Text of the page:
Now, if they were to ... come up with some process that was voluntary in nature, that allowed a mechanism to review these claims, outside the litigation process, we may not necessarily oppose that, or support it. ... But if it’s an involuntary, we’re paying you X dollars for your asset mismanagement claims – we just don’t have enough information. ... But we hope that they don’t take that kind of a hostile posture with our beneficiary class. I mean the fact is, is that when you talk about fraud, corruption and institutional incompetence beyond the possibility of comprehension, malfeasance, and unconscionable conduct, what the court of appeals has called the resulting chaos, there is a group of people ... that have suffered that abuse, and we think that they need to, at this late date, be treated fairly. And Sen. John McCain, and Sen. [Byron] Dorgan and the others, we believe – we believe they understand that they ought to be treated fairly. And we — we’re working with them very closely to ensure that they understand what is fair. And we have no reason to believe at the end of the day that they won’t be fair. I’ll say that.

But if anybody were to take actions that we thought were going to result in unfairness, then we would do everything in our power to stop it, obviously. That’s our job. ...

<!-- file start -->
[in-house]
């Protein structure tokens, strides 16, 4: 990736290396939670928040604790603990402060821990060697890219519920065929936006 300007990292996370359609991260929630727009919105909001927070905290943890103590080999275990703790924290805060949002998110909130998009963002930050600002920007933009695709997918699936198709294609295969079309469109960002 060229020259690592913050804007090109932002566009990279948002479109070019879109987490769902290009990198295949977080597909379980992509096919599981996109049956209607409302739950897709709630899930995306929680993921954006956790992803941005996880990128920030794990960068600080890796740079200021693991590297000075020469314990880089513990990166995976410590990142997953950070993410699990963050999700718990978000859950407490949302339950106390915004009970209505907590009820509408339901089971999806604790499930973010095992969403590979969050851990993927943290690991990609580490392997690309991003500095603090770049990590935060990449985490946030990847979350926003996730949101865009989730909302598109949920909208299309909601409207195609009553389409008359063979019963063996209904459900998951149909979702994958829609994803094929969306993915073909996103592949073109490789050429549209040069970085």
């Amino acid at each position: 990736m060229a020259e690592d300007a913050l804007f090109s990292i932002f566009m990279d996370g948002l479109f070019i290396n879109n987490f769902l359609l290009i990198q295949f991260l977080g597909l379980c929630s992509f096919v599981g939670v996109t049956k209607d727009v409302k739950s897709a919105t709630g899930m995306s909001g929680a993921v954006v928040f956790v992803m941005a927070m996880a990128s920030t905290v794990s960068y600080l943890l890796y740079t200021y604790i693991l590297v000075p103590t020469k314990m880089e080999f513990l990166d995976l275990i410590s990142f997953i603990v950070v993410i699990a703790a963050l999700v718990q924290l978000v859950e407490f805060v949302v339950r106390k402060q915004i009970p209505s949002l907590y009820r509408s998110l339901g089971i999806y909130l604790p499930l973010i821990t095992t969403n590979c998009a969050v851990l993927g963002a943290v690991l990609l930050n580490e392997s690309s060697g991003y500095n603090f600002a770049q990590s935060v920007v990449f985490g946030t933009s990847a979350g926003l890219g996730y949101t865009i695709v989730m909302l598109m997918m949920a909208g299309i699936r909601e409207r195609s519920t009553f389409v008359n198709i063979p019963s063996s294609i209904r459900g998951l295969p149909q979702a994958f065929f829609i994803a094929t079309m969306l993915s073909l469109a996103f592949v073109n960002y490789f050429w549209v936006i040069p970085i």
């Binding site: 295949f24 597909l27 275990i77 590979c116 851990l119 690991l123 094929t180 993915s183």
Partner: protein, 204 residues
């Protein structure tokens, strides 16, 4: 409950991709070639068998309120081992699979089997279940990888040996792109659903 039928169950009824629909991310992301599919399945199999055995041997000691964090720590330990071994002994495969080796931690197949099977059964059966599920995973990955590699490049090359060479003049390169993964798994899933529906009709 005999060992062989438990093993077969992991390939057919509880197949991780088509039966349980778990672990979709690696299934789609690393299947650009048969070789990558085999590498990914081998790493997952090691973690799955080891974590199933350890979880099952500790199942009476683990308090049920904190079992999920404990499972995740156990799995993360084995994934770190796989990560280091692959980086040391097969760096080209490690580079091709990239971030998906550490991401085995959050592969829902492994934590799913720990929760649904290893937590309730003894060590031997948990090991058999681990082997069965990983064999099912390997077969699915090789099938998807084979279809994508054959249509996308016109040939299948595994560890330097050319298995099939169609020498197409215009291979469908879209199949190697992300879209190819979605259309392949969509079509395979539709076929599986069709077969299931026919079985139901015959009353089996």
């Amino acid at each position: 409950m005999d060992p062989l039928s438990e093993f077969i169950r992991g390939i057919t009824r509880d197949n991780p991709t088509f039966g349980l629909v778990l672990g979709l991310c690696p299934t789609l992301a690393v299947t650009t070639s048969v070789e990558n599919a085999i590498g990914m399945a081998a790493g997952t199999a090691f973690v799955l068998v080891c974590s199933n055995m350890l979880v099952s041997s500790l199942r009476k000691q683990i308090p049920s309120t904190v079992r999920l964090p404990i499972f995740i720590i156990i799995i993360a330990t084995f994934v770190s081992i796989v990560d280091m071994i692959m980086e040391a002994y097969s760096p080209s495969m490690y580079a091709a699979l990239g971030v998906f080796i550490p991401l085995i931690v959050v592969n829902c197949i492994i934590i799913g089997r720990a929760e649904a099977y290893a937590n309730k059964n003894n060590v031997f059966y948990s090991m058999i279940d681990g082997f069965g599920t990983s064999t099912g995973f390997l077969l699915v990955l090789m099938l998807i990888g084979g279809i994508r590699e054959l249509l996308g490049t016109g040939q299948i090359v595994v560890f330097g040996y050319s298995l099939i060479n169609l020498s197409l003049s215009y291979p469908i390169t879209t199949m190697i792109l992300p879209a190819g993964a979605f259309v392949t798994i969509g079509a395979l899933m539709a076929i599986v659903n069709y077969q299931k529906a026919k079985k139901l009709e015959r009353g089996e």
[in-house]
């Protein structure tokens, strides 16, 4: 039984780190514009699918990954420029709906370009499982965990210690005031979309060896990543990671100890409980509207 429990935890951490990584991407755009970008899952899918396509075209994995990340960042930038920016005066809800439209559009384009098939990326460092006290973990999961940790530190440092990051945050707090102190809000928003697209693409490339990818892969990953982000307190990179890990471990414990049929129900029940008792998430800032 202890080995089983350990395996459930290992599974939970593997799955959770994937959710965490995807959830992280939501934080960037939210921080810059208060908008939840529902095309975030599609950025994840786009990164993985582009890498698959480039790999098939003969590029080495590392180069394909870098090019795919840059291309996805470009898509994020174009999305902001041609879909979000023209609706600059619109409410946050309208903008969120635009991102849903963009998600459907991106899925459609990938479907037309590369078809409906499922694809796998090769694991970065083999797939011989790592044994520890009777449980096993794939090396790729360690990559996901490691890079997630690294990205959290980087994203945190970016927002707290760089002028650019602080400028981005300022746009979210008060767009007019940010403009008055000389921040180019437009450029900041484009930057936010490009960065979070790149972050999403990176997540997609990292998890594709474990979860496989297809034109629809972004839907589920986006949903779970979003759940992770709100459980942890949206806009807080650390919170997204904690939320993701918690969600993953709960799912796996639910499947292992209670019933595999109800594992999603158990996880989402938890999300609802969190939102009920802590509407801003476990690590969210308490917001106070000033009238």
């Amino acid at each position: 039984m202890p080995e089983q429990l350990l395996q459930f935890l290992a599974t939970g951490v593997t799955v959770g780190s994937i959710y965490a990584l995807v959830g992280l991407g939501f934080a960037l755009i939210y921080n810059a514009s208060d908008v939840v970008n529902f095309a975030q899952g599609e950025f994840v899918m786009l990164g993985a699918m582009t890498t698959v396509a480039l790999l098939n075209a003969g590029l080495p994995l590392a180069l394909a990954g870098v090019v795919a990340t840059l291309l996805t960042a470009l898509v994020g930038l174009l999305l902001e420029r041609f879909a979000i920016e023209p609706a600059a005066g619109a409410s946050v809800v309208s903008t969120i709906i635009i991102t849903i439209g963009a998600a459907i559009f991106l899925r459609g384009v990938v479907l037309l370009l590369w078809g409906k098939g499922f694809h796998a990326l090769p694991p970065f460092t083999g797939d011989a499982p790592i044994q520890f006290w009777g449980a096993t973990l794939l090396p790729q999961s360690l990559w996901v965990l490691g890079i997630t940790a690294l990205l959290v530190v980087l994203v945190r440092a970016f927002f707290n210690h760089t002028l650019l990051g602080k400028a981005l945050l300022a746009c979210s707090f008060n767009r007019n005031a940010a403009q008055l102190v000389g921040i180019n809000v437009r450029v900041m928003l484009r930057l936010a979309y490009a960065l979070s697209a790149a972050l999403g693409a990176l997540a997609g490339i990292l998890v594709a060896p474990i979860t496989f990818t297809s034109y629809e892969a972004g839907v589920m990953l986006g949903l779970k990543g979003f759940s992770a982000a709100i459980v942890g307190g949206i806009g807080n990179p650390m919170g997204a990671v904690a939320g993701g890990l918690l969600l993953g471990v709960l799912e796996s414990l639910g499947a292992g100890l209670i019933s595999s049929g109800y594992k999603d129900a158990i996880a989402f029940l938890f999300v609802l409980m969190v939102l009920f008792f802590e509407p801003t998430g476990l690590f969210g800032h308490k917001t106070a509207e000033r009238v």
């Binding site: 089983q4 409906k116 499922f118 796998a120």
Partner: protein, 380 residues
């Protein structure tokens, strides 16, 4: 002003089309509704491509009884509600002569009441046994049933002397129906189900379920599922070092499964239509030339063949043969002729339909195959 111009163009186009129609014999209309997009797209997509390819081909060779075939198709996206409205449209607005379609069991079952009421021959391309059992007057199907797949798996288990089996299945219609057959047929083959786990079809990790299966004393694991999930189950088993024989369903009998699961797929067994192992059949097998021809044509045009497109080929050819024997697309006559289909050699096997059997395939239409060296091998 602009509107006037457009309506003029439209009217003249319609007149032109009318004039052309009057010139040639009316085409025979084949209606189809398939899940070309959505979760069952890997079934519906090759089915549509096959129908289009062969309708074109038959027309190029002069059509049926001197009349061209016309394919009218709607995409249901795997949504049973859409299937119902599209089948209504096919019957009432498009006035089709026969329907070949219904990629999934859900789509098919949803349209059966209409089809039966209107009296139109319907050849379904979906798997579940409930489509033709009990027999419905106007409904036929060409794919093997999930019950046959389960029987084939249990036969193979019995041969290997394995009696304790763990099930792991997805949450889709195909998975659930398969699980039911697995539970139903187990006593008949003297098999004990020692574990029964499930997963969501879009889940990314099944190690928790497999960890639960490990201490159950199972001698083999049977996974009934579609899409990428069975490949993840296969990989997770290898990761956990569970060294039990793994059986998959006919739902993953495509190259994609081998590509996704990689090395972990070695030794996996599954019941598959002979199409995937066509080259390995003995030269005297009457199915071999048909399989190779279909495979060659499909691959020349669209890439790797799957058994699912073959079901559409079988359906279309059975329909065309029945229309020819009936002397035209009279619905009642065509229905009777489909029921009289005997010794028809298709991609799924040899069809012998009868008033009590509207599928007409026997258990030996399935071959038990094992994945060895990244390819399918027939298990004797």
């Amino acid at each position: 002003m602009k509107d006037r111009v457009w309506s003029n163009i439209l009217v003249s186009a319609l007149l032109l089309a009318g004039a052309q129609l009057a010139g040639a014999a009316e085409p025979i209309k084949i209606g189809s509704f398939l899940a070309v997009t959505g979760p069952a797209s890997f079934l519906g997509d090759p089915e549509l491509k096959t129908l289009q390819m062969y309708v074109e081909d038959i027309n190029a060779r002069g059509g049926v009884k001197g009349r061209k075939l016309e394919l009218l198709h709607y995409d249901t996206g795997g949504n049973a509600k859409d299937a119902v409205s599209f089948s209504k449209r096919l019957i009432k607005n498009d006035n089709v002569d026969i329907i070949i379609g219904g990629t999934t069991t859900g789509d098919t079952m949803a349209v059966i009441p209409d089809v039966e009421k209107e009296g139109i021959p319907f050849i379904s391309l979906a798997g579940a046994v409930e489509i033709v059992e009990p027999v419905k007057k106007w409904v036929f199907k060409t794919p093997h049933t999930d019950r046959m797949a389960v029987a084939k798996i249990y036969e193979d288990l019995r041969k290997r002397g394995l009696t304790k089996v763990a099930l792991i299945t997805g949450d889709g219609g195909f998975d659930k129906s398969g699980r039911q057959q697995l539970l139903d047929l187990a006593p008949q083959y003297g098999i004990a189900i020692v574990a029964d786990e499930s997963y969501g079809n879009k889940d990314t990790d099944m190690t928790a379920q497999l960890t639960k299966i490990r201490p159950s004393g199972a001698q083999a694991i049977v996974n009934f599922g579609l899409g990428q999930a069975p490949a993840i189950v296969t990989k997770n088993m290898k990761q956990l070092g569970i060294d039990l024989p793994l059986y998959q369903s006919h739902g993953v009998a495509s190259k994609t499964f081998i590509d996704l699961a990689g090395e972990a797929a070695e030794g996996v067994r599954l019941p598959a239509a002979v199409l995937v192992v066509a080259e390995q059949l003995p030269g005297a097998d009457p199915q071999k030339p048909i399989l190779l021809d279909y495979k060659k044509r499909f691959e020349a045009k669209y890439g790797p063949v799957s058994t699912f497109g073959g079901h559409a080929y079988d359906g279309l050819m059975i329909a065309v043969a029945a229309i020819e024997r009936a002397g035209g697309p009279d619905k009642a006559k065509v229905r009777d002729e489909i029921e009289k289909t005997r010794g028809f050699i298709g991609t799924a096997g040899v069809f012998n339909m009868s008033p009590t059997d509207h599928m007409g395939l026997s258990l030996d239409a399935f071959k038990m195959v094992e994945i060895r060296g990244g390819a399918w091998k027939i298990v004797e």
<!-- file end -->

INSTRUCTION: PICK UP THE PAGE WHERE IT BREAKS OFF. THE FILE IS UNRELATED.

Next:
ICT: And of course if they’re not going to include the asset [mismanagement] piece, then that is going to – some people are going to look at that and say here comes a Cobell Two and –

Harper: Well, they’ve got to find a lawyer to do it. I mean, we haven’t certainly jumped up and said we’re going to do that.

ICT: And as I understand, it’s not easy to do on those kinds of claims?

Harper: Exactly ... I don’t want to prejudice any beneficiaries and so I won’t talk about the specifics there, but I think that there would be issues and defenses that don’t exist with Cobell, potentially. And as far as a Cobell Two is concerned, you know, is there a potential for another significant litigation? Yes. ... I can’t say that there won’t be. I think that the reason beneficiaries don’t want to extinguish those claims is because some of them want to bring further litigation.

But we ought not be cutting off peoples’ rights to secure their remedies when the government acts badly. And certainly ... not in a way and in a manner where you have gutted their ability to get anything but pennies on the dollar. …

We’ve always asked for and we continue to seek not only an accounting, but a restatement of accounts. And that’s critical, because I think a lot of people think – accounting claim. And what is an accounting? An accounting is, black letter [settled] trust law says, an accounting is sufficient information for the beneficiary to readily ascertain whether or not the trustee has carried out his fiduciary duty. So it doesn’t sound like there’s any money involved in that, right? It’s just, have you carried out your fiduciary duty? But in a traditional accounting claim, once there is a determination that the balance stated is inaccurate for whatever reason, it is by operation of law corrected to reflect what is the accurate balance. And that is called the restatement. Now sometimes that’s seen as separate, sometimes that’s seen as part of the accounting. But that restatement component is what we’re talking about as being a substantial money adjustment.